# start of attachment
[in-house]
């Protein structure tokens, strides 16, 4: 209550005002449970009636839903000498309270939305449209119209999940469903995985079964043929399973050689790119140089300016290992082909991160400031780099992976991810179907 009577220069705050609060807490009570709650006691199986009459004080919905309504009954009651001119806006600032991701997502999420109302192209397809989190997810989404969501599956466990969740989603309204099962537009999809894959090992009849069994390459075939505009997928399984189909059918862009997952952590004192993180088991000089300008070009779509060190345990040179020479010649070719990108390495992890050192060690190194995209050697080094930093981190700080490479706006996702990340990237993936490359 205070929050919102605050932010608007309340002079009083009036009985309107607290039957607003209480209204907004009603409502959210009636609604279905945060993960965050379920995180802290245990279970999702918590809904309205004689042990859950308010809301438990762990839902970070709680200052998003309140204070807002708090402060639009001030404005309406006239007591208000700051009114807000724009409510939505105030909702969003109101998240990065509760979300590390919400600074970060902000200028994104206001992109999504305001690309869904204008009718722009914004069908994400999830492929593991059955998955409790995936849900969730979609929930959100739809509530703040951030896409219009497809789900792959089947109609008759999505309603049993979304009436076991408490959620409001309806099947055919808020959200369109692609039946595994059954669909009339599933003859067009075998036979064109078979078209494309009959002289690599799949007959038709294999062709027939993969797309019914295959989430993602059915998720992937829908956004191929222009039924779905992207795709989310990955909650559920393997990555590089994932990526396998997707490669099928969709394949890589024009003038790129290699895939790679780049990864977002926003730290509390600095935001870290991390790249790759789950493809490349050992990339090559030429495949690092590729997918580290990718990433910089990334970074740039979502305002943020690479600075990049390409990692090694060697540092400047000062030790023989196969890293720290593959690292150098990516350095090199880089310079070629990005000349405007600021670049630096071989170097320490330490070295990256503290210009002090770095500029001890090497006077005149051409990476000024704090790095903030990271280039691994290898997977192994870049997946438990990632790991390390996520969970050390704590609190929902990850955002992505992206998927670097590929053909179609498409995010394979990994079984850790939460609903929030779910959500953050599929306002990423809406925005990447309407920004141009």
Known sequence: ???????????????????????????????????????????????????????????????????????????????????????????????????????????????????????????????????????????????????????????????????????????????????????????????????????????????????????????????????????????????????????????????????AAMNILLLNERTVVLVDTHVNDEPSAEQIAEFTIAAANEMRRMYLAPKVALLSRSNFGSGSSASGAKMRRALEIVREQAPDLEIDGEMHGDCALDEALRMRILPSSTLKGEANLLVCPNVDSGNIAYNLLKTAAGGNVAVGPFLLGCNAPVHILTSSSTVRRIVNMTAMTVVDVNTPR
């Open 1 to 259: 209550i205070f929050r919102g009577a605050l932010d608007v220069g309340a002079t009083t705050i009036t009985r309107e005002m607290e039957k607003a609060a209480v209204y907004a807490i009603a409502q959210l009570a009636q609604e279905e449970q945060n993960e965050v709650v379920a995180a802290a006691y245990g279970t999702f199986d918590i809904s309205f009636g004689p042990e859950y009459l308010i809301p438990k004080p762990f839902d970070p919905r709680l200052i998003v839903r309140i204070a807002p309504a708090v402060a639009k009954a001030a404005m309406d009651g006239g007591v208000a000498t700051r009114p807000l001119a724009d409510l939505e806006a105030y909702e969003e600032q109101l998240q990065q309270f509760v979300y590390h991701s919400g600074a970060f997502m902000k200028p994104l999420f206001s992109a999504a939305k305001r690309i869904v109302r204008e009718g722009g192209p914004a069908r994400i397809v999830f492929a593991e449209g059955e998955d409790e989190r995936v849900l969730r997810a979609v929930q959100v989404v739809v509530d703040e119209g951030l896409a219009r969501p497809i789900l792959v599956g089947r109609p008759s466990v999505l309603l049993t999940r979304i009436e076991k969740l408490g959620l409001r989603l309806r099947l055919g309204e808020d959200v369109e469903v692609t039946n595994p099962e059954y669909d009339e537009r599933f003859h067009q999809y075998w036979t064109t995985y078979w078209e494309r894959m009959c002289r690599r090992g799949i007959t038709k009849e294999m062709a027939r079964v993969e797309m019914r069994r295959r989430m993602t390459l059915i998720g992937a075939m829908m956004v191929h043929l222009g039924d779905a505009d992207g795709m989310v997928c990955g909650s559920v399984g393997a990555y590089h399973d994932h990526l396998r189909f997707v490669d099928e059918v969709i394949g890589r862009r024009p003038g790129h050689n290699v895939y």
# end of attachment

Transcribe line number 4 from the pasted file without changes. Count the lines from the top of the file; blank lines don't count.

């Open 1 to 259: 209550i205070f929050r919102g009577a605050l932010d608007v220069g309340a002079t009083t705050i009036t009985r309107e005002m607290e039957k607003a609060a209480v209204y907004a807490i009603a409502q959210l009570a009636q609604e279905e449970q945060n993960e965050v709650v379920a995180a802290a006691y245990g279970t999702f199986d918590i809904s309205f009636g004689p042990e859950y009459l308010i809301p438990k004080p762990f839902d970070p919905r709680l200052i998003v839903r309140i204070a807002p309504a708090v402060a639009k009954a001030a404005m309406d009651g006239g007591v208000a000498t700051r009114p807000l001119a724009d409510l939505e806006a105030y909702e969003e600032q109101l998240q990065q309270f509760v979300y590390h991701s919400g600074a970060f997502m902000k200028p994104l999420f206001s992109a999504a939305k305001r690309i869904v109302r204008e009718g722009g192209p914004a069908r994400i397809v999830f492929a593991e449209g059955e998955d409790e989190r995936v849900l969730r997810a979609v929930q959100v989404v739809v509530d703040e119209g951030l896409a219009r969501p497809i789900l792959v599956g089947r109609p008759s466990v999505l309603l049993t999940r979304i009436e076991k969740l408490g959620l409001r989603l309806r099947l055919g309204e808020d959200v369109e469903v692609t039946n595994p099962e059954y669909d009339e537009r599933f003859h067009q999809y075998w036979t064109t995985y078979w078209e494309r894959m009959c002289r690599r090992g799949i007959t038709k009849e294999m062709a027939r079964v993969e797309m019914r069994r295959r989430m993602t390459l059915i998720g992937a075939m829908m956004v191929h043929l222009g039924d779905a505009d992207g795709m989310v997928c990955g909650s559920v399984g393997a990555y590089h399973d994932h990526l396998r189909f997707v490669d099928e059918v969709i394949g890589r862009r024009p003038g790129h050689n290699v895939y």